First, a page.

Dear Governor Schwarzenegger,
I have been meaning to write to you for sometime, knowing full well how frustrated you must be by the fact that the U.S. Constitution does not allow you to run for the presidency of the United States.
Your level of aggravation must be further confounded by the uninspiring group of yahoos who have presented themselves as candidates for the 2008 election.
To be quite blunt, Governor Schwarzenegger, the only way you are ever going to be president of anything is by assuming the leadership of the movement to extricate California from the Union.
Once California has seceded from the United States, you could easily be elected the first president of the independent Republic of California.
Consider the following facts. With a population of over 36 million people, California is the largest state in the Union. Its $1.5 trillion economy makes it the eighth largest economy in the entire world.
Although California is one of the wealthiest states in America, for every dollar in taxes paid by Californians to the U.S. government, they get back only 79 cents. That’s not a very good deal.
In a recent speech you said, “We have the economic strength, we have the population and the technological force of a nation-state.” And in your second inaugural address you even went so far as to proclaim, “we are a good and global commonwealth.”
You have managed to cobble together a unique blend of fiscal conservatism, social compassion, and concern for the environment that places you head-and-shoulders above all of the governors and national political leaders in the United States today. Your policy proposals to confront global warming are among the most creative and imaginative put forth by anyone.
In a February 10, 2007, New York Times op-ed piece entitled, “California Split,” Professor Gar Alperovitz quoted you as having said, “California, the nation-state, the harmonious state, the cutting-edge state, becomes the model, not just for the 21st century American society, but for the larger world.”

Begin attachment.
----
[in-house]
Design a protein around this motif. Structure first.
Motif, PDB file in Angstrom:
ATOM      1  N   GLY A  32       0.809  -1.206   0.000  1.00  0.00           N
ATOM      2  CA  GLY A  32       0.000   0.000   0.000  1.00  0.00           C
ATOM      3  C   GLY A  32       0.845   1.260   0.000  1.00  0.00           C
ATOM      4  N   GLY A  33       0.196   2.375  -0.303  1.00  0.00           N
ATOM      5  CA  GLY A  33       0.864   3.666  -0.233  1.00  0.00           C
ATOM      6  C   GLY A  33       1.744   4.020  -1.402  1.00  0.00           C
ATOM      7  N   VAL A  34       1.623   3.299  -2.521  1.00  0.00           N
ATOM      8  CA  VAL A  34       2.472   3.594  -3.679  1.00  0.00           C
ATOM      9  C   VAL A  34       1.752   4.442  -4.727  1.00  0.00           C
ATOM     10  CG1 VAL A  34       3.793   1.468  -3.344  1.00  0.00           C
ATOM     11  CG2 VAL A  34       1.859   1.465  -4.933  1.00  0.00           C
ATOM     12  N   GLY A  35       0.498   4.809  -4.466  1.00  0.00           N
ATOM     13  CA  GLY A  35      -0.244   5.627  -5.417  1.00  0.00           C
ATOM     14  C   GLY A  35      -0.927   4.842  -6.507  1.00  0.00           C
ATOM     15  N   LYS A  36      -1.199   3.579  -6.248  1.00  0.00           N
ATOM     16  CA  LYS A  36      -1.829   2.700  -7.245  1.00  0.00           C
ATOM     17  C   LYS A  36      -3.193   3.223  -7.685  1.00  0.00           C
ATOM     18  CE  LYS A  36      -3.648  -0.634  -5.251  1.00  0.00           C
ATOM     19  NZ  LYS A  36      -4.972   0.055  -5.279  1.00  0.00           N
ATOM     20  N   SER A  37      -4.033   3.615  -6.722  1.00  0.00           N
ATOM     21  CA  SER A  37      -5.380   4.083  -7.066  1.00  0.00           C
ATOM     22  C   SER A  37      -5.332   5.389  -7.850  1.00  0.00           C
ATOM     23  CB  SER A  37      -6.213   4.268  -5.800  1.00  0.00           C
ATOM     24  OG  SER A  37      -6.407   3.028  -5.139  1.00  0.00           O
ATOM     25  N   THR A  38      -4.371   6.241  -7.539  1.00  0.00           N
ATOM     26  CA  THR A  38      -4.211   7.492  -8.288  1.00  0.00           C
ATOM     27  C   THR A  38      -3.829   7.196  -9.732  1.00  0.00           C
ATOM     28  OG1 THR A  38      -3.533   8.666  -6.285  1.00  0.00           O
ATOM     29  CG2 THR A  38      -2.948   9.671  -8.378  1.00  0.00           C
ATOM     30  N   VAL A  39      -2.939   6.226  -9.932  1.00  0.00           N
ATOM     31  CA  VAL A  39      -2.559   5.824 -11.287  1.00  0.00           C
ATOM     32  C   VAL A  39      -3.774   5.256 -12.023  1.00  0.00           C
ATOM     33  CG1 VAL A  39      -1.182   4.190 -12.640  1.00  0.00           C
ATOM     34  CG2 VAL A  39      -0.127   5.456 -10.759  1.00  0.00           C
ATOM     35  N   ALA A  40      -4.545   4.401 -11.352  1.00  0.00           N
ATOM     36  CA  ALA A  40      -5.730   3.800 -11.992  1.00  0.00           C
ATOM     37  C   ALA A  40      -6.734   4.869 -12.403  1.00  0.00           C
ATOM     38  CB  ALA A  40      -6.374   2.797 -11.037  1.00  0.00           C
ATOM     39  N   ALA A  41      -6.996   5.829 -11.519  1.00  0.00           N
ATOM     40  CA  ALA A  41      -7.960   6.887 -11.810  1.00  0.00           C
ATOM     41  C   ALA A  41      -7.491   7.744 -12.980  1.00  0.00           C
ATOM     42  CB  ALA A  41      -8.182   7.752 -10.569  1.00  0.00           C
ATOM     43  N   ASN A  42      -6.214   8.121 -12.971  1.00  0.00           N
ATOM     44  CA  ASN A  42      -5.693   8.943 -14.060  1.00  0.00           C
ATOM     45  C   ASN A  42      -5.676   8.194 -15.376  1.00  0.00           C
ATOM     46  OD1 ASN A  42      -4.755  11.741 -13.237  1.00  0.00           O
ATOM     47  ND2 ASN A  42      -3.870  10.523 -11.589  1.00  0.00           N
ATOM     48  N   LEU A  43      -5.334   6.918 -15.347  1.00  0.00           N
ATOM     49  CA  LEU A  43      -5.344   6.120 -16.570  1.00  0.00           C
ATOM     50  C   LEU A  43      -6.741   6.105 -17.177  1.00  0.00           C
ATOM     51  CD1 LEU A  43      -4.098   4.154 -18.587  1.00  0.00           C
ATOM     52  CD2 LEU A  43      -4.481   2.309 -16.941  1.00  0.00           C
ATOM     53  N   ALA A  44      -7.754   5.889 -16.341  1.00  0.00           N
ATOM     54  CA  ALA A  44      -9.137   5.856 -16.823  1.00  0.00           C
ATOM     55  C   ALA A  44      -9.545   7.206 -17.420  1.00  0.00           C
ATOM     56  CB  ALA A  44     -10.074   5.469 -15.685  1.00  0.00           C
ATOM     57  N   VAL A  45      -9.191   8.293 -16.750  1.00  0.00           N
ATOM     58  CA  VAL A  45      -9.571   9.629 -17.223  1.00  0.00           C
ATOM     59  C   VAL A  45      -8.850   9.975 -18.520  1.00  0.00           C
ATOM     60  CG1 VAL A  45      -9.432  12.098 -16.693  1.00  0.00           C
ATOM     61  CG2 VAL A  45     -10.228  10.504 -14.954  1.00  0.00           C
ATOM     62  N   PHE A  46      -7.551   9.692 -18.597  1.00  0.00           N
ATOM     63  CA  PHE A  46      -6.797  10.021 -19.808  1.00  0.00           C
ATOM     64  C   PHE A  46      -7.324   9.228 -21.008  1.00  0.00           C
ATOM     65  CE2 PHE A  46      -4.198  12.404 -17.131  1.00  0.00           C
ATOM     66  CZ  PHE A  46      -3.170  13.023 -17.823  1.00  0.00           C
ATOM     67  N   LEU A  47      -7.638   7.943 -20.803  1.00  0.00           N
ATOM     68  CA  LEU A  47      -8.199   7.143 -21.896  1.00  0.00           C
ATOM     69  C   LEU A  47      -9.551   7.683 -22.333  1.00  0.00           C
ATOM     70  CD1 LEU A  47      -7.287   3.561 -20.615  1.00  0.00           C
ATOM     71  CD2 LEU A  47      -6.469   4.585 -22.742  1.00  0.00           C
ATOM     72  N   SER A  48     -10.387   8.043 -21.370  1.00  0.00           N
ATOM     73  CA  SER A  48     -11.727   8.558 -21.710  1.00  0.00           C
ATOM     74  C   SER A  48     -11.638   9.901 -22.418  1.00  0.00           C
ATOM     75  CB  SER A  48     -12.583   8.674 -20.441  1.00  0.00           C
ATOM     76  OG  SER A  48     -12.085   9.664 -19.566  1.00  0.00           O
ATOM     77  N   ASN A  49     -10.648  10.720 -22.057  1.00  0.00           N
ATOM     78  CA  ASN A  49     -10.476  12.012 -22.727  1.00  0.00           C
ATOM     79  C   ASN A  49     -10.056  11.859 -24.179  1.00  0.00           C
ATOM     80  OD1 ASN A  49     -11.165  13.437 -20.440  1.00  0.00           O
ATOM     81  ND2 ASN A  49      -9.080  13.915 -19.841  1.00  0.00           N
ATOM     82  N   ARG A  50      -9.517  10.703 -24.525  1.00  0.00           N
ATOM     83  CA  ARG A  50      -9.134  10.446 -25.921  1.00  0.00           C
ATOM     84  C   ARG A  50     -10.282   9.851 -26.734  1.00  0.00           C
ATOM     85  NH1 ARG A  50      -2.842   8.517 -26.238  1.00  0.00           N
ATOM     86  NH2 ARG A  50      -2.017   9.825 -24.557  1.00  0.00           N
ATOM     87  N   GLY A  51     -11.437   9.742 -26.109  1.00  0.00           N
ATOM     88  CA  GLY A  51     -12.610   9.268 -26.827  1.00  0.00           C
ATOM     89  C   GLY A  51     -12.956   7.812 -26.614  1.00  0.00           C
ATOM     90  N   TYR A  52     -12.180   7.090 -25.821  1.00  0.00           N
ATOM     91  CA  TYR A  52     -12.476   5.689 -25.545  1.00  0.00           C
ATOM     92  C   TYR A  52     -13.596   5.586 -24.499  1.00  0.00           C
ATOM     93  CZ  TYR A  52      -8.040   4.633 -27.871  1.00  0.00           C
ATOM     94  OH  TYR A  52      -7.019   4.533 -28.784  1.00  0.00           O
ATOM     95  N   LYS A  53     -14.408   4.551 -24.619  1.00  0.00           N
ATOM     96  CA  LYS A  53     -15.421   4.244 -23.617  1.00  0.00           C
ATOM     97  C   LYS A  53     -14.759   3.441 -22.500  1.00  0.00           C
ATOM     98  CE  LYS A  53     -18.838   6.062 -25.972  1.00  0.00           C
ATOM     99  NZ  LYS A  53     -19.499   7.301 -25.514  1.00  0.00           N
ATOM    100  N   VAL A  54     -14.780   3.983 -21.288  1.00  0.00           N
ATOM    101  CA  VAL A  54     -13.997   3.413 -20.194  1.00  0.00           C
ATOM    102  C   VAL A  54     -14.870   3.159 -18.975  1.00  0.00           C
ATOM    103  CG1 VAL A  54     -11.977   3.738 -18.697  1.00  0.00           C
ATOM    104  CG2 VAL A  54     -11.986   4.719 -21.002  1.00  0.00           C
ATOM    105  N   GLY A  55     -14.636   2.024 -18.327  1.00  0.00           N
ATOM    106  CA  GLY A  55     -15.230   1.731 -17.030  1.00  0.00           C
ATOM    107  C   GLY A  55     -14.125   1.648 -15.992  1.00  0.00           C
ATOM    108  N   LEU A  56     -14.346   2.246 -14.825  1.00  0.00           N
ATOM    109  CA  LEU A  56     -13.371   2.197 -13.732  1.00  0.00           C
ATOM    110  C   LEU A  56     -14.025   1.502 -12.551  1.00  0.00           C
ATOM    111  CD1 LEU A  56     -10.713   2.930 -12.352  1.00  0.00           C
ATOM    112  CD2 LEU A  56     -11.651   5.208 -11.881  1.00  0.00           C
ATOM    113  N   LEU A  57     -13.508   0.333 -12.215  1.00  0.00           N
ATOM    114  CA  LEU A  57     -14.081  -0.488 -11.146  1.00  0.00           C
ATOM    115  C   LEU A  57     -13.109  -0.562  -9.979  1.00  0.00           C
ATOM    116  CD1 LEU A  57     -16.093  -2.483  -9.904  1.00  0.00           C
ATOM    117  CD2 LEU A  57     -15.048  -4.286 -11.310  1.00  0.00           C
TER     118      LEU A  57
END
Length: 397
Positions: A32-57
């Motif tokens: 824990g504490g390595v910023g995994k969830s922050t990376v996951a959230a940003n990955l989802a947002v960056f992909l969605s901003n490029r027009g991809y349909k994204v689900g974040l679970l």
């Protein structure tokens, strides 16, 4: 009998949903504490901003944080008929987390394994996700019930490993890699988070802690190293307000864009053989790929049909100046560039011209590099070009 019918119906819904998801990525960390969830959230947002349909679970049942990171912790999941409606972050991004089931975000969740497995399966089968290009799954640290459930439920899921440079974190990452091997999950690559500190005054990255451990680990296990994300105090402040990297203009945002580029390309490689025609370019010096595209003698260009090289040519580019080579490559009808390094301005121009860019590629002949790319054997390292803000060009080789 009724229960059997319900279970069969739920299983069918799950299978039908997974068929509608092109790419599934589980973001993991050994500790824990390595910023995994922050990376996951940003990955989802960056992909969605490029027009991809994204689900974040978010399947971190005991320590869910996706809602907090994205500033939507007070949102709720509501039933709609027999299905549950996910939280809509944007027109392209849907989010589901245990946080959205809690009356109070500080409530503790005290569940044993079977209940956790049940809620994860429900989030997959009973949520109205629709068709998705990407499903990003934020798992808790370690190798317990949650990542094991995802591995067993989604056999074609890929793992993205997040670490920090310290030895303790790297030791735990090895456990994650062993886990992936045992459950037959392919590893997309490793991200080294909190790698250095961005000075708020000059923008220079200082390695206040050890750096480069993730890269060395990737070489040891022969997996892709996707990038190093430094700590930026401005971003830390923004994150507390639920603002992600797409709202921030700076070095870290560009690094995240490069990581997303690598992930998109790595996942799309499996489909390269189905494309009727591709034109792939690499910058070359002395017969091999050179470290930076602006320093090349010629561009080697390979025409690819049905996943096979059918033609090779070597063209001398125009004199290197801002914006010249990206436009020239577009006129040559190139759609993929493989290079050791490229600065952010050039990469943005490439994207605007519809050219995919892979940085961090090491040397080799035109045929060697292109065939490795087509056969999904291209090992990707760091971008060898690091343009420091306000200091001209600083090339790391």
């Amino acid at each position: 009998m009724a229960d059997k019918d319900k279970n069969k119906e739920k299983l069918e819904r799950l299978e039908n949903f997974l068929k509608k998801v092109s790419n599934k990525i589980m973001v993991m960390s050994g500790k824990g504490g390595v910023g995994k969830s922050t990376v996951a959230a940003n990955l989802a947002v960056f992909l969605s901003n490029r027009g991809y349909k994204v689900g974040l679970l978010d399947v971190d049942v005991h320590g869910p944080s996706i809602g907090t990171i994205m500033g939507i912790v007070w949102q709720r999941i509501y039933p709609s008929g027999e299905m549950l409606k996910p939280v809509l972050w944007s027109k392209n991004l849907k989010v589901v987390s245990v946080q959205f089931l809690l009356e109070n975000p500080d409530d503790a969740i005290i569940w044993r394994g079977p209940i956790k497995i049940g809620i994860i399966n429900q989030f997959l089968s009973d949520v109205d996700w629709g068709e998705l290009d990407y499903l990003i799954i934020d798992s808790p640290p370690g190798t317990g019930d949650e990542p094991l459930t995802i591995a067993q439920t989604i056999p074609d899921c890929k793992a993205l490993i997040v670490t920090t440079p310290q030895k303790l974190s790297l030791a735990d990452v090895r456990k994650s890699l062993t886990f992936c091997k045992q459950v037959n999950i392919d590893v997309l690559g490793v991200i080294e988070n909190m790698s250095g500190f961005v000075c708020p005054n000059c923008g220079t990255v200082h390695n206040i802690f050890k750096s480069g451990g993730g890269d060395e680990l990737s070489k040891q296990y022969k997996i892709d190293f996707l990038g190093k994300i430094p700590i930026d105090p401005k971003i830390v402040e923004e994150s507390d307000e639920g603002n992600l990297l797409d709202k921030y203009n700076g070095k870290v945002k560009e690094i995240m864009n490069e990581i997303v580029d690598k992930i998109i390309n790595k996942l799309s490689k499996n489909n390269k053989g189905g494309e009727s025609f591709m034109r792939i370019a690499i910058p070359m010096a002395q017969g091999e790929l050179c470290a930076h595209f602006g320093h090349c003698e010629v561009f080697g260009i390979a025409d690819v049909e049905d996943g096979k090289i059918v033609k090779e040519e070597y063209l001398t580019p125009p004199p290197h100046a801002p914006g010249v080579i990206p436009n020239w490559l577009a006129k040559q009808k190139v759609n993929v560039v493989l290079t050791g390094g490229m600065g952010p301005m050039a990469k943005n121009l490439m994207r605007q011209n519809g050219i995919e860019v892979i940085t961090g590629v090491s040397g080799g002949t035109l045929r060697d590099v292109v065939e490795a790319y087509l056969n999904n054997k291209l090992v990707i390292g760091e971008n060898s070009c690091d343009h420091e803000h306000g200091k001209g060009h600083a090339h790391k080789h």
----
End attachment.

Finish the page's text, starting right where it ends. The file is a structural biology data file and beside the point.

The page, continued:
As you know very well, the United States government has become too big, too centralized, too powerful, too intrusive, too militaristic, too materialistic, and too unresponsive to the needs of individual citizens, communities, and states. Not only has it lost its moral authority, but our nation has become unsustainable, ungovernable, and unfixable.
Enough is truly enough.
“If the scale of a country renders it unmanageable, there are two possible responses. One is a break-up of the nation; the other a radical decentralization of the power,” said Professor Alperovitz in his cogent op-ed piece.
And in the Declaration of Independence Thomas Jefferson expressed the same idea even more forcefully, “Whenever any form of government becomes destructive, it is the right of the people to alter or abolish it, and institute a new government.”
Just as a group has a right to form, so too does it have a right to disband, to subdivide itself, or to withdraw from a larger unit. By leading our nation into disunion you may help save California, America, and the rest of the world from the American Empire.
Long live the independent Republic of California. And may God bless the Untied States of America.
Thomas H. Naylor Professor Emeritus of Economics, Duke University